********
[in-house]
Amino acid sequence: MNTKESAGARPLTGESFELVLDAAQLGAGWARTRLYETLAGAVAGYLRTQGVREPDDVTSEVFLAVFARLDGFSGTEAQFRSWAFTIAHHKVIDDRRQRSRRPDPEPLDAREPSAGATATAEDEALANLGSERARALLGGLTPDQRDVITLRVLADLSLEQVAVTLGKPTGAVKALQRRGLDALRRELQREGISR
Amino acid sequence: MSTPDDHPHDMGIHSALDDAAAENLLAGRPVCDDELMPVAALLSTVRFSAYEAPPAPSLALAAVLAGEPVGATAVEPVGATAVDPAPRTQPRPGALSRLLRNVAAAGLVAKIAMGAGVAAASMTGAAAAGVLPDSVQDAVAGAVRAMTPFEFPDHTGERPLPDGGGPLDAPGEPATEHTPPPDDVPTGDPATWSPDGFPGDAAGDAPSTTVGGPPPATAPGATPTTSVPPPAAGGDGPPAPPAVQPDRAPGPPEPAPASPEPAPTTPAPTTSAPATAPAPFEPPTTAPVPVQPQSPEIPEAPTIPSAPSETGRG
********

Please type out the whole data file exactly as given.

[in-house]
Amino acid sequence: MNTKESAGARPLTGESFELVLDAAQLGAGWARTRLYETLAGAVAGYLRTQGVREPDDVTSEVFLAVFARLDGFSGTEAQFRSWAFTIAHHKVIDDRRQRSRRPDPEPLDAREPSAGATATAEDEALANLGSERARALLGGLTPDQRDVITLRVLADLSLEQVAVTLGKPTGAVKALQRRGLDALRRELQREGISR
Amino acid sequence: MSTPDDHPHDMGIHSALDDAAAENLLAGRPVCDDELMPVAALLSTVRFSAYEAPPAPSLALAAVLAGEPVGATAVEPVGATAVDPAPRTQPRPGALSRLLRNVAAAGLVAKIAMGAGVAAASMTGAAAAGVLPDSVQDAVAGAVRAMTPFEFPDHTGERPLPDGGGPLDAPGEPATEHTPPPDDVPTGDPATWSPDGFPGDAAGDAPSTTVGGPPPATAPGATPTTSVPPPAAGGDGPPAPPAVQPDRAPGPPEPAPASPEPAPTTPAPTTSAPATAPAPFEPPTTAPVPVQPQSPEIPEAPTIPSAPSETGRG